In 1907 on the former Hinch Road (225th Street), W. Horie, E. Baynes and H. Burnet purchased a riverside lot from a Mr. Carlson and proceeded to tear up the place. Like many Europeans who came to Haney, including the town’s namesake, these men knew the soil could give them what they wanted: creamy grey clay, thick but pliable enough… While small brick-making operations had gone on here for years, the founders of the Port Haney Brick and Tile Company were keen on the business opportunity presented by the convenient nexus of an ample site and its clay deposits, good access to the river and railroad, and – their special observation — the growing demand for brick to face the public buildings of rapidly expanding Vancouver.
Haney was a wood-framed town, where brick has always been somewhat out of place and out of reach: an unnecessary decoration on tired and well-worn farm buildings and hobby houses which happened to sit amid a generous supply of trees.
From 1907 to 1977, the brickyard at the bottom of Hinch pumped out clay products: facing brick for buildings, and diversifying into drainage tile for agricultural fields. After the Second World War, the yard shifted yet again toward tile and consumer products for gardening. Managed by three hands in its 70 year history — Harold Burnet from 1907-1946, Jim Hadgkiss 1946-1970, and Alan Findlay 1970-1977 — the yard employed as many as 90 hands in the 1920s before mechanical improvements and changes in operation thinned the labour roll. The Burnets, Hadgkisses, and Findlays all received the privilege of living in the brick house where the Maple Ridge Museum is now located. Many of the plant’s early employees were immigrants from India and China, while stringent federal restrictions on non-white immigration and general Anti-Asian discrimination between the 1910s and 40s kept the yard white in later years.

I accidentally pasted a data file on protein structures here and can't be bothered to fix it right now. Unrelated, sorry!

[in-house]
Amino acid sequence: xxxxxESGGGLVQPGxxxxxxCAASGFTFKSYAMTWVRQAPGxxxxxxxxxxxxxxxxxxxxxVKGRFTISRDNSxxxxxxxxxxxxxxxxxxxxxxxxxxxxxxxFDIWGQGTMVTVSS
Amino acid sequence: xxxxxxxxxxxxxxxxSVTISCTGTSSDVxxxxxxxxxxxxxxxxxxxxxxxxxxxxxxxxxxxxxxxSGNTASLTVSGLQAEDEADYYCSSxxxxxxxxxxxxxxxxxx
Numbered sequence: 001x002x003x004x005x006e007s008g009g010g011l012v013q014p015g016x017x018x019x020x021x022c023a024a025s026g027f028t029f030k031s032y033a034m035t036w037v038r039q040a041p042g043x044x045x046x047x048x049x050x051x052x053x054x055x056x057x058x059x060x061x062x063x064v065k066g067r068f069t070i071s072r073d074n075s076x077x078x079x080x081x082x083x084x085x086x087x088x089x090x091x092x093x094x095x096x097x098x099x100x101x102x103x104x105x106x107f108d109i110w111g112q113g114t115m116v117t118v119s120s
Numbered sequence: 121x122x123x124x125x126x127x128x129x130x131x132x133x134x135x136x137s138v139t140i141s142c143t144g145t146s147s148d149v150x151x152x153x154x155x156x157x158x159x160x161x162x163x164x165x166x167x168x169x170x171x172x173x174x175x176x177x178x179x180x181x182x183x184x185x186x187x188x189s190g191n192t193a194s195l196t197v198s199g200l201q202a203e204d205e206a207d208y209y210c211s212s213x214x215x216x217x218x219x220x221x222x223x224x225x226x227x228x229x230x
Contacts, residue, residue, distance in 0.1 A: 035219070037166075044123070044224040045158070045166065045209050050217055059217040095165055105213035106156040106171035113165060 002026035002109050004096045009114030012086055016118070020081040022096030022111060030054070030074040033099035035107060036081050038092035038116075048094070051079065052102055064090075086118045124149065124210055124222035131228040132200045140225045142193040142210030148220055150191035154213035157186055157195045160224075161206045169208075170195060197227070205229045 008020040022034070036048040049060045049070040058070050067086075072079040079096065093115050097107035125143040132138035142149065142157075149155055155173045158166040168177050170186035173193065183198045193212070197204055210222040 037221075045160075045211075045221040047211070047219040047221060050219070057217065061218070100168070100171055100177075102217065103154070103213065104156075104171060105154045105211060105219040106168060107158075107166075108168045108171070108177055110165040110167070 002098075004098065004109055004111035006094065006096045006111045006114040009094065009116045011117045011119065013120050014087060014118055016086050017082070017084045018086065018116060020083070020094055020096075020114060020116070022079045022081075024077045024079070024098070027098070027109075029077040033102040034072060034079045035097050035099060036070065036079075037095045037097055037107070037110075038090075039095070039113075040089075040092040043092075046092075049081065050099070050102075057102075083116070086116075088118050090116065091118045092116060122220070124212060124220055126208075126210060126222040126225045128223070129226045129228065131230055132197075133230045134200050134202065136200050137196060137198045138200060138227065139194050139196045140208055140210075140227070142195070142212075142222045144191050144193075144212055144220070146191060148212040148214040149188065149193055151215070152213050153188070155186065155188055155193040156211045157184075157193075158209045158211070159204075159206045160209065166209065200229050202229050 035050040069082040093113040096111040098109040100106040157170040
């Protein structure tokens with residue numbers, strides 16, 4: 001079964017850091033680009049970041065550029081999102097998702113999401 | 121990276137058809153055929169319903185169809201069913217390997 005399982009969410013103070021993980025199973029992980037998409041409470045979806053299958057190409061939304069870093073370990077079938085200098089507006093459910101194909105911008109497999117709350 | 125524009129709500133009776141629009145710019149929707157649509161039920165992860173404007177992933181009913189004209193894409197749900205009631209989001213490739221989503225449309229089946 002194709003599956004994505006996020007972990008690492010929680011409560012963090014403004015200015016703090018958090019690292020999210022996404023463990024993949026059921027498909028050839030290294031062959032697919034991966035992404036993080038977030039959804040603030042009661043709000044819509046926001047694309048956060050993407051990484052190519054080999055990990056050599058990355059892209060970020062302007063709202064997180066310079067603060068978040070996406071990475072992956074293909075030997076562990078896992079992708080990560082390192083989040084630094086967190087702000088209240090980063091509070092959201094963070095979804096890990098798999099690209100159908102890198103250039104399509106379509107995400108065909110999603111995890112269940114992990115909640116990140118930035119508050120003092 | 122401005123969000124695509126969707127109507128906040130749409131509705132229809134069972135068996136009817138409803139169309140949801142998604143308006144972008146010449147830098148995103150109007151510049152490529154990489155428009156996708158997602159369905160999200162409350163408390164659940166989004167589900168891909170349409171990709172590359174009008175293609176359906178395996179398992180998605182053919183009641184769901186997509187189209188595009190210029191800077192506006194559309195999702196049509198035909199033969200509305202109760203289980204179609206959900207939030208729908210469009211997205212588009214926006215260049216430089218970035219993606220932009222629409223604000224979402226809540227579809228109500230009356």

The yard pushed on through the depression, aided indirectly by subsidies to farmers (who purchased its drainage tiles), and through the Second World War. Wood fuel was replaced by “sticky” fuel oil, and then by natural gas. Shovels had been replaced by excavators much earlier. But the large beehive kilns and tunnel dryers were essentially the same when the plant shut down in 1977, no longer profitable. Facing brick hadn’t made a comeback, PVC was eating away at the market for drainage tile, and the local cost of labour had risen.
Deliberations over the site involved the Provincial Ministry of Highways, who wanted to supplement the Lougheed corridor through central Maple Ridge. The result was the Haney Bypass, which by design would have shaved off corners of the manager’s house and brickyard office. The municipality was interested in converting the area for medium-density housing and preserving the industrial site as a public park. The historical society, meanwhile, was lobbying to preserve the historic street grid and buildings of Port Haney to the west; an effort which failed. The compromise, however, underpins the neighbourhood we know today: the Bypass went through, the manager’s house and yard office were moved several dozen feet uphill onto new foundations and leased to the Historical Society for the purpose of operating a museum, Hadgkiss Park was created, and the remaining land was divvied up for small garden apartments and townhouses. The main sheds, beehive kilns, and remaining industrial landscape was demolished and the ground, burned.
Not quite all in a day’s work.